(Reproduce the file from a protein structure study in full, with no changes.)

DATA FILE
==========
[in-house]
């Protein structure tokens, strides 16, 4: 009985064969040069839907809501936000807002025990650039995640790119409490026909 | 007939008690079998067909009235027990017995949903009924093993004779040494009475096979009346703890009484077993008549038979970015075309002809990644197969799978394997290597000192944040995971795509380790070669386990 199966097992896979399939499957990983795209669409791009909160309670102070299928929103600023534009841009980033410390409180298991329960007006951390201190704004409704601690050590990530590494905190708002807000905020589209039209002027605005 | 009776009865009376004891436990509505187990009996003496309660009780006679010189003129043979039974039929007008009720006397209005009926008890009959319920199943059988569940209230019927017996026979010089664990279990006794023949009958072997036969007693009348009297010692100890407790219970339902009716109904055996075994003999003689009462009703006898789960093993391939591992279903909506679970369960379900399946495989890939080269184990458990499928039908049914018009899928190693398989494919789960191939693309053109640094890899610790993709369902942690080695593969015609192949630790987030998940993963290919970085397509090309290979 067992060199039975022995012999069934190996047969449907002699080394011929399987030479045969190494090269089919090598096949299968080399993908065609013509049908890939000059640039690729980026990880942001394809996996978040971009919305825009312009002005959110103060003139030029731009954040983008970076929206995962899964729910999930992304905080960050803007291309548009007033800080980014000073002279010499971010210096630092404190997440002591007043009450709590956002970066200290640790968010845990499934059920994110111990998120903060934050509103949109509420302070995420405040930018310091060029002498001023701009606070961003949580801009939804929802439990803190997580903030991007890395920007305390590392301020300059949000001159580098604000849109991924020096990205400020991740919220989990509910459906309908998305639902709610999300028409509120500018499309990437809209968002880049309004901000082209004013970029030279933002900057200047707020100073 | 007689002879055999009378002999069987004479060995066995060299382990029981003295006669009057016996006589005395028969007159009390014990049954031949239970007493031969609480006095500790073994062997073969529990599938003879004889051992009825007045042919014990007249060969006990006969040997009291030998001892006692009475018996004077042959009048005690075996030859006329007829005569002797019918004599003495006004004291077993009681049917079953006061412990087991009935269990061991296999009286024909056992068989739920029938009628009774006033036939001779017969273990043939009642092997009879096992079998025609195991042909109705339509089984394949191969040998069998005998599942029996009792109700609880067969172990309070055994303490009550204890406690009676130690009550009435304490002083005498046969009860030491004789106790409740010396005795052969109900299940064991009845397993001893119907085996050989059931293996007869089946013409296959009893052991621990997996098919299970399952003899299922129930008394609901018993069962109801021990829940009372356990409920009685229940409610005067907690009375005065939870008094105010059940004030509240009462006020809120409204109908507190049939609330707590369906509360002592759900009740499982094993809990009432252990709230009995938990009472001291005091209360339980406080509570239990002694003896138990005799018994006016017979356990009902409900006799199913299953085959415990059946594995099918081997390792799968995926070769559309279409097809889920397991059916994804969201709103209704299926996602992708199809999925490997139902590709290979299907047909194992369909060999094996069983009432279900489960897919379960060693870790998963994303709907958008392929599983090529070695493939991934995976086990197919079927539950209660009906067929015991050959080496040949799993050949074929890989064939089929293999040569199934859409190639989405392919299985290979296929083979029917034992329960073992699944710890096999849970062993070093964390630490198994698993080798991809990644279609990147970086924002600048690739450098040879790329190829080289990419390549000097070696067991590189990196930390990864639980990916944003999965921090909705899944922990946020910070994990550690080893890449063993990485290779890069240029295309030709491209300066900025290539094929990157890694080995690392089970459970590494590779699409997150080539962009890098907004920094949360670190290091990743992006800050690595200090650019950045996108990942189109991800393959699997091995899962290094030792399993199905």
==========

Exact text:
[in-house]
């Protein structure tokens, strides 16, 4: 009985064969040069839907809501936000807002025990650039995640790119409490026909 | 007939008690079998067909009235027990017995949903009924093993004779040494009475096979009346703890009484077993008549038979970015075309002809990644197969799978394997290597000192944040995971795509380790070669386990 199966097992896979399939499957990983795209669409791009909160309670102070299928929103600023534009841009980033410390409180298991329960007006951390201190704004409704601690050590990530590494905190708002807000905020589209039209002027605005 | 009776009865009376004891436990509505187990009996003496309660009780006679010189003129043979039974039929007008009720006397209005009926008890009959319920199943059988569940209230019927017996026979010089664990279990006794023949009958072997036969007693009348009297010692100890407790219970339902009716109904055996075994003999003689009462009703006898789960093993391939591992279903909506679970369960379900399946495989890939080269184990458990499928039908049914018009899928190693398989494919789960191939693309053109640094890899610790993709369902942690080695593969015609192949630790987030998940993963290919970085397509090309290979 067992060199039975022995012999069934190996047969449907002699080394011929399987030479045969190494090269089919090598096949299968080399993908065609013509049908890939000059640039690729980026990880942001394809996996978040971009919305825009312009002005959110103060003139030029731009954040983008970076929206995962899964729910999930992304905080960050803007291309548009007033800080980014000073002279010499971010210096630092404190997440002591007043009450709590956002970066200290640790968010845990499934059920994110111990998120903060934050509103949109509420302070995420405040930018310091060029002498001023701009606070961003949580801009939804929802439990803190997580903030991007890395920007305390590392301020300059949000001159580098604000849109991924020096990205400020991740919220989990509910459906309908998305639902709610999300028409509120500018499309990437809209968002880049309004901000082209004013970029030279933002900057200047707020100073 | 007689002879055999009378002999069987004479060995066995060299382990029981003295006669009057016996006589005395028969007159009390014990049954031949239970007493031969609480006095500790073994062997073969529990599938003879004889051992009825007045042919014990007249060969006990006969040997009291030998001892006692009475018996004077042959009048005690075996030859006329007829005569002797019918004599003495006004004291077993009681049917079953006061412990087991009935269990061991296999009286024909056992068989739920029938009628009774006033036939001779017969273990043939009642092997009879096992079998025609195991042909109705339509089984394949191969040998069998005998599942029996009792109700609880067969172990309070055994303490009550204890406690009676130690009550009435304490002083005498046969009860030491004789106790409740010396005795052969109900299940064991009845397993001893119907085996050989059931293996007869089946013409296959009893052991621990997996098919299970399952003899299922129930008394609901018993069962109801021990829940009372356990409920009685229940409610005067907690009375005065939870008094105010059940004030509240009462006020809120409204109908507190049939609330707590369906509360002592759900009740499982094993809990009432252990709230009995938990009472001291005091209360339980406080509570239990002694003896138990005799018994006016017979356990009902409900006799199913299953085959415990059946594995099918081997390792799968995926070769559309279409097809889920397991059916994804969201709103209704299926996602992708199809999925490997139902590709290979299907047909194992369909060999094996069983009432279900489960897919379960060693870790998963994303709907958008392929599983090529070695493939991934995976086990197919079927539950209660009906067929015991050959080496040949799993050949074929890989064939089929293999040569199934859409190639989405392919299985290979296929083979029917034992329960073992699944710890096999849970062993070093964390630490198994698993080798991809990644279609990147970086924002600048690739450098040879790329190829080289990419390549000097070696067991590189990196930390990864639980990916944003999965921090909705899944922990946020910070994990550690080893890449063993990485290779890069240029295309030709491209300066900025290539094929990157890694080995690392089970459970590494590779699409997150080539962009890098907004920094949360670190290091990743992006800050690595200090650019950045996108990942189109991800393959699997091995899962290094030792399993199905």